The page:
The World Series of Poker, a month and a half of high-stakes poker action in Las Vegas, winds down starting on Saturday when the epic Main Event gets underway. That’s where literally thousands of people pay $10,000 each for a shot at winning it all — millions of dollars and fame in the poker world. The Main Event is the biggest event on the poker calendar, though it has been muted somewhat this year since Antonio Esfandiari just won more than $18 million in the richest poker tournament ever — a $1 million buy-in event that finished on Tuesday.
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The Main Event will be lucky to pay half that much to the winner this year, but it will still be exciting. More importantly, you can bet on it. Bovada has a wide range of props on offer for the Main Event. Here’s a look at three of the more interesting:
Which of these past champions will last longer — Jonathan Duhamel, Pius Heinz, Joe Cada, Peter Eastgate, Jerry Yang?
That list represents the last five winners of the Main Event. Yang, the 2007 Champion, is the longest shot in the field at +400. He should be. Outside of his Main Event win he has never really been a serious player, only plays rarely, and typically plays in much smaller buy-in events than pros do. He’s an amateur who had a very good day, and lightning isn’t likely to strike twice.
When Heinz won last year it was just his second cash in a live tournament. He hasn’t done a whole lot since, and really doesn’t justify his +300 price — he’s tied with Duhamel as the favorite, and that just doesn’t make sense.
Cada won in 2009. He struggled to put together any real success after that, though he has had a good WSOP this year — a second-place finish in an earlier event netted him more than $410,000. He’s not a top-level player on a consistent basis, though, and is no bargain at +350.
That leaves us with Duhamel and Eastgate. Eastgate won in 2008, added some nice scores in the following year, then announced his retirement from the game. That didn’t last long, and a $200,000 cash at the beginning of July shows that he is shaking off the rust. He’s a decent option at +350. Duhamel at +300 is much more attractive, though. He won in 2010, and has had a lot of success since — including three six-figure scores worth more than a million dollars in total in a week in January. He has cashed three times at the WSOP, played in the million dollar buy-in tournament at the beginning of July, and is by far the most successful in this field.
The most talented doesn’t always last the longest, but Duhamel is the clear choice.
Who will last longer — Viktor Blom or Tom Dwan?
These two are known not for their tournament play but for the dizzying amounts they have made — and lost — online. Dwan is known as Durrr while Blom is Isildur1. The prices for both are -120.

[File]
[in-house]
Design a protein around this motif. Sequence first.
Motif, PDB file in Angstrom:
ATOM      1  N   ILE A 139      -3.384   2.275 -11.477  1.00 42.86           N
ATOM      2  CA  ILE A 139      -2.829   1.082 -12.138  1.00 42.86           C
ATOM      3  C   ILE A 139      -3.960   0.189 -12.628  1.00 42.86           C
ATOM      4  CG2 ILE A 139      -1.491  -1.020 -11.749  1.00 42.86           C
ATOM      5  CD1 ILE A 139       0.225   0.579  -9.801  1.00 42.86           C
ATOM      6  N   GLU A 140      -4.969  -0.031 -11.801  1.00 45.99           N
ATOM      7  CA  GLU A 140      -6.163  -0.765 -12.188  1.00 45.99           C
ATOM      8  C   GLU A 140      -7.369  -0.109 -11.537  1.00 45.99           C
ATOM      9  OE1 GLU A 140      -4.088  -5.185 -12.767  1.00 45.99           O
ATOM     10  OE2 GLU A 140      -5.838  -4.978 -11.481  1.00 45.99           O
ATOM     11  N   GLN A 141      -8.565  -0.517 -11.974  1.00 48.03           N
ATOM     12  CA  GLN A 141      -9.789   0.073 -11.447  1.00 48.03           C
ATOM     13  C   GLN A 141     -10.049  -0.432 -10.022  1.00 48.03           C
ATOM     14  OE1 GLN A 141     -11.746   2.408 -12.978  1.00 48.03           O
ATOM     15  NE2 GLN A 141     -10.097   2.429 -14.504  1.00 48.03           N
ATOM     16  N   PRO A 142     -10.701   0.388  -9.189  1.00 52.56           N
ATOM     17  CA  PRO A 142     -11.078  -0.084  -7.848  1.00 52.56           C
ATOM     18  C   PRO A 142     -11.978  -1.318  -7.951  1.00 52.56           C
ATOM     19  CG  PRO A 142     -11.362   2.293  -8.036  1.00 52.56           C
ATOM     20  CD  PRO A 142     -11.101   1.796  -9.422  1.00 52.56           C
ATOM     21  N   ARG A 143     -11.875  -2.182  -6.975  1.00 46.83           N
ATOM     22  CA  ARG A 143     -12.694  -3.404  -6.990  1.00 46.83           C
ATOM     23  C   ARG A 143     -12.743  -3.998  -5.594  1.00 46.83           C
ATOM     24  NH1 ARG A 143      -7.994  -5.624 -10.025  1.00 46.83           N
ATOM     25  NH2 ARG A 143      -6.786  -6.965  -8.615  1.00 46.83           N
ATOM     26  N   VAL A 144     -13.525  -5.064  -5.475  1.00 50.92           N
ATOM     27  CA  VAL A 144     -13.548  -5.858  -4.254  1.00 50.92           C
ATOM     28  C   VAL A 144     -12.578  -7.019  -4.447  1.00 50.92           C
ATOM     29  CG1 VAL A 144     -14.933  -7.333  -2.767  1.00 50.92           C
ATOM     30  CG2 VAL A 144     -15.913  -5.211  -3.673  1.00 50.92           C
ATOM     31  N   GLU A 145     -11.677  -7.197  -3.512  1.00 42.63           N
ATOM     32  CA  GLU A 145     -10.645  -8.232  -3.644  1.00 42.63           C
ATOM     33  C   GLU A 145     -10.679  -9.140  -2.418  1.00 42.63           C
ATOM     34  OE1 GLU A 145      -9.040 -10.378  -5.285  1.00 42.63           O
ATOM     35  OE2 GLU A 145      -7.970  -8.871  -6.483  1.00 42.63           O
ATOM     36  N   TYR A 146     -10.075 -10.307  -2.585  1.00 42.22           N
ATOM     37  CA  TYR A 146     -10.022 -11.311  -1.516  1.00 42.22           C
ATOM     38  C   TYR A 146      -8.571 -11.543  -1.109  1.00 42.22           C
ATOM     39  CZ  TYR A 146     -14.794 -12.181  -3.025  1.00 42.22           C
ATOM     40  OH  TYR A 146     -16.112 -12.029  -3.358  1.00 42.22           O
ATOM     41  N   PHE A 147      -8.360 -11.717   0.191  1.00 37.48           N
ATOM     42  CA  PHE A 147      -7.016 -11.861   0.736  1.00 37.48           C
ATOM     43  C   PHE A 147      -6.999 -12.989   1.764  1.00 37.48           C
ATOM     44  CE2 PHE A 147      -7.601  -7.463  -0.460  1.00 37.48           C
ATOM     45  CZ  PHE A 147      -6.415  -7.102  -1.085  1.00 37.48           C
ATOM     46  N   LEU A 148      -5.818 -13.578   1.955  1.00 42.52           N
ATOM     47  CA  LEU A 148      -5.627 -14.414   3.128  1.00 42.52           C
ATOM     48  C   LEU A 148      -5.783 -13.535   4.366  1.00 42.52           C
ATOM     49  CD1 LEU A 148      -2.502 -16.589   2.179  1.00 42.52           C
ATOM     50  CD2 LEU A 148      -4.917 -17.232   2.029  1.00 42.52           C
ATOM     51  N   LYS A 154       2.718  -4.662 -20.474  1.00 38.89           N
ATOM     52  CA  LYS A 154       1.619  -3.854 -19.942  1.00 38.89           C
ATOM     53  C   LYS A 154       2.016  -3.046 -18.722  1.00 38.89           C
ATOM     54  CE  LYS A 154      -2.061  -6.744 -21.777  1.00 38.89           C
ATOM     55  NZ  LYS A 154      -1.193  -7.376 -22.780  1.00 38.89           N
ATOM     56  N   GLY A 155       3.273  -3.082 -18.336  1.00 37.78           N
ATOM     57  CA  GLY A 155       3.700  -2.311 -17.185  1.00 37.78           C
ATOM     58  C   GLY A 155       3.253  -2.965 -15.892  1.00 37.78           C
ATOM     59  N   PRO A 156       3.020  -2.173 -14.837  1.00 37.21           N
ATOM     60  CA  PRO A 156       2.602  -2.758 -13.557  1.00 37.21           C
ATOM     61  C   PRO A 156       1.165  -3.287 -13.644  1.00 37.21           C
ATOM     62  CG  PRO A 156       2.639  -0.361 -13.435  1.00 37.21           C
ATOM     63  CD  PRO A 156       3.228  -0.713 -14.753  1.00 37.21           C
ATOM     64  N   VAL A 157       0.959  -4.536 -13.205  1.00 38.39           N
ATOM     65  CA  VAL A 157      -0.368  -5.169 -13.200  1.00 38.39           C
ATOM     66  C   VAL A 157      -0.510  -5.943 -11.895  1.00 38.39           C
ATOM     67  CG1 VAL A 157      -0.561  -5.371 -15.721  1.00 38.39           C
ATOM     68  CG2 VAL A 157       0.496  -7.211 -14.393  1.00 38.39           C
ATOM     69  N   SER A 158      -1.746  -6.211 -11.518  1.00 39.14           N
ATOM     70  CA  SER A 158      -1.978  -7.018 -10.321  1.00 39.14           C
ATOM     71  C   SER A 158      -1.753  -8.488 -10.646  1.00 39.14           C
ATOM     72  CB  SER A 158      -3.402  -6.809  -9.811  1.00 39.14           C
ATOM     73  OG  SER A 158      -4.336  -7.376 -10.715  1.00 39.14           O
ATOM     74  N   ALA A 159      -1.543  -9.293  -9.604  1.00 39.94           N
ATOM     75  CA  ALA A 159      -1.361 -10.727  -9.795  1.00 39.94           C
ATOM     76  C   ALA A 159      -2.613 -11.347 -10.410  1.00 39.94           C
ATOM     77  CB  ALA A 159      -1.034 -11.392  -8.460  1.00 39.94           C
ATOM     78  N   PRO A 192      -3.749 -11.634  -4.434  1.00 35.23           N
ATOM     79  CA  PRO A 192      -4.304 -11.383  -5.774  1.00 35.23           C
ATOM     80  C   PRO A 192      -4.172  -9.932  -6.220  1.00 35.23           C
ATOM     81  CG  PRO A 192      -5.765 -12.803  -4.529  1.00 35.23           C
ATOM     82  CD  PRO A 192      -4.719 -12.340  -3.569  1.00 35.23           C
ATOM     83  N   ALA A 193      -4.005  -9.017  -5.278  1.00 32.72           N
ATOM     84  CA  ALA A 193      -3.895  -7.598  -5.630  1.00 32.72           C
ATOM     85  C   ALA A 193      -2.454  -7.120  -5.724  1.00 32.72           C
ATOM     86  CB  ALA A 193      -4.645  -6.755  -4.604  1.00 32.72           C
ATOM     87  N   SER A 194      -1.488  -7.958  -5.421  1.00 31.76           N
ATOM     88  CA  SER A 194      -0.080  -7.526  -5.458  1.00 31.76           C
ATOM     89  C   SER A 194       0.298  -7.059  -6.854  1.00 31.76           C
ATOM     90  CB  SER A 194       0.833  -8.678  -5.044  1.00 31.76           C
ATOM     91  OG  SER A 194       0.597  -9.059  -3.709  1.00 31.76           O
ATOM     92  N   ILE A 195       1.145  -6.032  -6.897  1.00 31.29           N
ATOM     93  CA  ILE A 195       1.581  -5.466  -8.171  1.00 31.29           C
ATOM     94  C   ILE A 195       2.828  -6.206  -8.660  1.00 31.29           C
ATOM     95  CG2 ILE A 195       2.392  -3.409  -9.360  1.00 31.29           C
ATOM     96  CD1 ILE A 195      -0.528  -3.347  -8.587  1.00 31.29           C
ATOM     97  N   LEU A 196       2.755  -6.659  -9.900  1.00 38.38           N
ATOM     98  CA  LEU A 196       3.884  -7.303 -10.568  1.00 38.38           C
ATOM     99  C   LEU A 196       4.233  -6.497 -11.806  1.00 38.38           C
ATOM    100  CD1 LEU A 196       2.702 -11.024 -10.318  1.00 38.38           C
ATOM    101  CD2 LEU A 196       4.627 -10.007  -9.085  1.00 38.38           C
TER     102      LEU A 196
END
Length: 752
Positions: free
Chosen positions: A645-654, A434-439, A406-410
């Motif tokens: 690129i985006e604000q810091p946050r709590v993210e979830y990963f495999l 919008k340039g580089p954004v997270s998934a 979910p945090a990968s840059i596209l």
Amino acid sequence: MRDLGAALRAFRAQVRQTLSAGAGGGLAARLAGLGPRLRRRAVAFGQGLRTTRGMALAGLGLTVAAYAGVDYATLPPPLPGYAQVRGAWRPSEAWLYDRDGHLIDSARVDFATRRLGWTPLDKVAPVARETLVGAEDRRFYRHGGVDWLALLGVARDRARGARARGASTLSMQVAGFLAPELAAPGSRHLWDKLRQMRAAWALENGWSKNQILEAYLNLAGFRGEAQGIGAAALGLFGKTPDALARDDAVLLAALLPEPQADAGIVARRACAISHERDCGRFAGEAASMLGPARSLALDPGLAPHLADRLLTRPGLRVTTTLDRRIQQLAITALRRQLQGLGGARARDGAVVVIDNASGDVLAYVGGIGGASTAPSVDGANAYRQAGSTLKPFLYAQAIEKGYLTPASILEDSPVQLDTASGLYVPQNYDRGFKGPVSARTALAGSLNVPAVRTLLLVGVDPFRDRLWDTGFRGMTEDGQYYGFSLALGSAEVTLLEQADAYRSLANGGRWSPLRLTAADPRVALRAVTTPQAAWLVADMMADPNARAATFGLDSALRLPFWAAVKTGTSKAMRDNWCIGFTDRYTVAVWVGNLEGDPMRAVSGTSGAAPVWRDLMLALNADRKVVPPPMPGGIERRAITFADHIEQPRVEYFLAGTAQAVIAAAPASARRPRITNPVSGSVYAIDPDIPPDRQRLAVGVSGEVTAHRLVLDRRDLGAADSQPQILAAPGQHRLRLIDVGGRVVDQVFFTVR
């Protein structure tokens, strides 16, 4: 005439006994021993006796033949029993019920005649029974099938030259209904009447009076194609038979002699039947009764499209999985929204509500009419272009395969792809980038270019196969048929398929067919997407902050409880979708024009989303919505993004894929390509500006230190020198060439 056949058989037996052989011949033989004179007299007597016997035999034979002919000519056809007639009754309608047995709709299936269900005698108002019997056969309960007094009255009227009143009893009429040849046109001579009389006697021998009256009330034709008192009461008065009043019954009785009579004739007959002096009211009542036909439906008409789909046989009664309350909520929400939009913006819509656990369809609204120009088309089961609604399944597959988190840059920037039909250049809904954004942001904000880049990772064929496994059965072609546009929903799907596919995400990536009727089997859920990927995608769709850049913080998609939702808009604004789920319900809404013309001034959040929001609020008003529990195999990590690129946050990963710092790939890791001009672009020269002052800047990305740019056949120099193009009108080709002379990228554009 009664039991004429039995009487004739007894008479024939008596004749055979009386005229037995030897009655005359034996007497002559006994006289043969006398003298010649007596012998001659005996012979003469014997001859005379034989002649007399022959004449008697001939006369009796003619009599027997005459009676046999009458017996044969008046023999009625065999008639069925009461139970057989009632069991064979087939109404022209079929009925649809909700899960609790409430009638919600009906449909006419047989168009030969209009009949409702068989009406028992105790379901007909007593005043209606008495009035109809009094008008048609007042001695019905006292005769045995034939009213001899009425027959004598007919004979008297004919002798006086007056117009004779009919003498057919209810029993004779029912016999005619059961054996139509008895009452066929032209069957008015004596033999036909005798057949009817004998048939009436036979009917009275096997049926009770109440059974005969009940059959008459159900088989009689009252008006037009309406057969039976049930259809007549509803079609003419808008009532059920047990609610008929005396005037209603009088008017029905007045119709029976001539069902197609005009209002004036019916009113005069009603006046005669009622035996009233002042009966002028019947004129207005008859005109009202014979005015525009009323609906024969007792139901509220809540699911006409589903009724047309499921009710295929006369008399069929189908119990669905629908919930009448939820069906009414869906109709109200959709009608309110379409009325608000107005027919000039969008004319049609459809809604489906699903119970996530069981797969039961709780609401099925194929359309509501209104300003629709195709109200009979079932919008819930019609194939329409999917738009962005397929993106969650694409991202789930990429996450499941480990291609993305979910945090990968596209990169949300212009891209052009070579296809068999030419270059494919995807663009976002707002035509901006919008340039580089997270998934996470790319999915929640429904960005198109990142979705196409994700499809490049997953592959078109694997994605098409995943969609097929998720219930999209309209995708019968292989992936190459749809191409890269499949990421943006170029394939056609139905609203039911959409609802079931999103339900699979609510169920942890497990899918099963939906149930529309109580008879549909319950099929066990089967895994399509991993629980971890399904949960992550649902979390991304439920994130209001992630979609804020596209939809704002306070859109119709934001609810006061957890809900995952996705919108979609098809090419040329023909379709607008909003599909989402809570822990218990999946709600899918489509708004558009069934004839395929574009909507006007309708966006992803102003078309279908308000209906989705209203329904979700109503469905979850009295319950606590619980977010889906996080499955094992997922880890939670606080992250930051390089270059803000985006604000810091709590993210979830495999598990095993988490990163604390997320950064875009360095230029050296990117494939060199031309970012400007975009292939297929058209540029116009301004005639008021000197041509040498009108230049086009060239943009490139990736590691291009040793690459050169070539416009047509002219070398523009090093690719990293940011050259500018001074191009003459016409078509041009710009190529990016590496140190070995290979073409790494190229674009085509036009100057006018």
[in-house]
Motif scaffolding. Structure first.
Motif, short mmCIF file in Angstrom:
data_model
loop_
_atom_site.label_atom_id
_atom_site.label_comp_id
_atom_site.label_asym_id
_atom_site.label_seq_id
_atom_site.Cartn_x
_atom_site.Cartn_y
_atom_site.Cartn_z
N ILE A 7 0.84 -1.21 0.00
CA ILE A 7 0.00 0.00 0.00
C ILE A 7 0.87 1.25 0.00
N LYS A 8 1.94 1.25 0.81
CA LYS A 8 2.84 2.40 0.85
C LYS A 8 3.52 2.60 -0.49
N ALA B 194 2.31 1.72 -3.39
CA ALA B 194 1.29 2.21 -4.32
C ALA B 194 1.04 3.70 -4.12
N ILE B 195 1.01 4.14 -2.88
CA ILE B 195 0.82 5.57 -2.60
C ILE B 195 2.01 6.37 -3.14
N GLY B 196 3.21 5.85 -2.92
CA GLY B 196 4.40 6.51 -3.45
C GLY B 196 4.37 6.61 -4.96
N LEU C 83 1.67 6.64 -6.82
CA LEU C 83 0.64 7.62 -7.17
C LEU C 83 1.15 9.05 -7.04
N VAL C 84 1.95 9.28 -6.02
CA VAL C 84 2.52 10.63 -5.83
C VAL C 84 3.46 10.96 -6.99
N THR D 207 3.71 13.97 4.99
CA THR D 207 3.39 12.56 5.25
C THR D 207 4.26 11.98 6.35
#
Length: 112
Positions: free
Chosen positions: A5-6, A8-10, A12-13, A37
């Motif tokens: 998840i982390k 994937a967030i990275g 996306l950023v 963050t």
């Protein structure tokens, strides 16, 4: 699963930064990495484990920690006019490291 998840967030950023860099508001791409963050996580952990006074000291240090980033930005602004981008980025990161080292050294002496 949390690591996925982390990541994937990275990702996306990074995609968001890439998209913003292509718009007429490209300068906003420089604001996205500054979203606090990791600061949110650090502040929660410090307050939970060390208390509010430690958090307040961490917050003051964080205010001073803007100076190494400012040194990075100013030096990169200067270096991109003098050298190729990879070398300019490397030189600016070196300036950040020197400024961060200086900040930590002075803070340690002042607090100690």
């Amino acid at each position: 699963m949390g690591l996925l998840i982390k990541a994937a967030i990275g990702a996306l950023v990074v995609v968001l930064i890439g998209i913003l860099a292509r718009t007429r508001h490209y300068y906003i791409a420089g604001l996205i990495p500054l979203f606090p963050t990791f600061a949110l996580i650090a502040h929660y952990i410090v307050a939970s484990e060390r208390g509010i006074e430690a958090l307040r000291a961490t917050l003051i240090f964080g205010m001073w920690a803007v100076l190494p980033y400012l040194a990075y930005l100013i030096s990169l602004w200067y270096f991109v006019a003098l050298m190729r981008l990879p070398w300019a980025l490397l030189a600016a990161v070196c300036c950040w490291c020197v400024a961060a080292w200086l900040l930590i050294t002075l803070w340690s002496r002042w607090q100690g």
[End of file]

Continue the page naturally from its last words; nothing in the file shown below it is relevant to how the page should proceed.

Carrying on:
Both are extremely talented, though their Internet success is due in large part to their nearly reckless aggressiveness. That means either could be out in the first minutes of the tournament and it wouldn’t be a surprise.
I would give Blom the edge in this bet. It is his first World Series, so he should be more focused and captivated by the tournament. Dwan has played before, and he has a habit of losing focus and playing poorly if he isn’t interested. He played in the million dollar buy-in tournament and plays regularly for massive stakes in cash games, so unless he builds a big stack early he is likely to get bored and take unnecessary risks.
The biggest problem with this prop is that one player must cash in order for it to have action, and only the top 10 percent of the field cash. With the aggressive style they both play it’s far more likely that neither will cash than any other possibility, so chances are that this is a bet that won’t amount to much in the end.
Will a woman make the final table?
There will be nine players at that table. Only one woman has ever made the last group of players — Barbara Enright was fifth in 1995. The field is traditionally made up of about three percent women, so it’s an uphill battle for sure. The level of play amongst women is growing rapidly, though, and players such as Vanessa Selbst are among the best in the world regardless of gender. At some point it is going to happen again, and the fact you can get 10/1 to bet that this is the year is attractive on multiple levels.
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